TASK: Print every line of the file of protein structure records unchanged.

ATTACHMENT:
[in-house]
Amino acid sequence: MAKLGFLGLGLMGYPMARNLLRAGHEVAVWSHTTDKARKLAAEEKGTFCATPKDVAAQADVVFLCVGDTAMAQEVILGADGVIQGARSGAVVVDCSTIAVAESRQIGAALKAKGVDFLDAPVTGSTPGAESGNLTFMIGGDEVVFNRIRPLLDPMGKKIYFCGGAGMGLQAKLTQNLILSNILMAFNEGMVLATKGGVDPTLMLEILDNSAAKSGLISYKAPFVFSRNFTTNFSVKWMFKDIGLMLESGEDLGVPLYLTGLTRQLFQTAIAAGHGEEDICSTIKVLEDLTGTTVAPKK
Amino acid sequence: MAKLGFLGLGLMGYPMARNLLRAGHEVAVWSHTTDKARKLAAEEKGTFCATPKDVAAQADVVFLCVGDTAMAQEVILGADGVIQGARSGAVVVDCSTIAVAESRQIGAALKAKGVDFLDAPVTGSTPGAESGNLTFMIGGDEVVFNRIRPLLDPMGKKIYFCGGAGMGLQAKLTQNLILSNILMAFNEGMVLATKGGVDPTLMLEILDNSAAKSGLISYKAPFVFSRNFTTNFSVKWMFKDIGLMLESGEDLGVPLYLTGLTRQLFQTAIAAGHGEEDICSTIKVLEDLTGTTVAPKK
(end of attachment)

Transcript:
[in-house]
Amino acid sequence: MAKLGFLGLGLMGYPMARNLLRAGHEVAVWSHTTDKARKLAAEEKGTFCATPKDVAAQADVVFLCVGDTAMAQEVILGADGVIQGARSGAVVVDCSTIAVAESRQIGAALKAKGVDFLDAPVTGSTPGAESGNLTFMIGGDEVVFNRIRPLLDPMGKKIYFCGGAGMGLQAKLTQNLILSNILMAFNEGMVLATKGGVDPTLMLEILDNSAAKSGLISYKAPFVFSRNFTTNFSVKWMFKDIGLMLESGEDLGVPLYLTGLTRQLFQTAIAAGHGEEDICSTIKVLEDLTGTTVAPKK
Amino acid sequence: MAKLGFLGLGLMGYPMARNLLRAGHEVAVWSHTTDKARKLAAEEKGTFCATPKDVAAQADVVFLCVGDTAMAQEVILGADGVIQGARSGAVVVDCSTIAVAESRQIGAALKAKGVDFLDAPVTGSTPGAESGNLTFMIGGDEVVFNRIRPLLDPMGKKIYFCGGAGMGLQAKLTQNLILSNILMAFNEGMVLATKGGVDPTLMLEILDNSAAKSGLISYKAPFVFSRNFTTNFSVKWMFKDIGLMLESGEDLGVPLYLTGLTRQLFQTAIAAGHGEEDICSTIKVLEDLTGTTVAPKK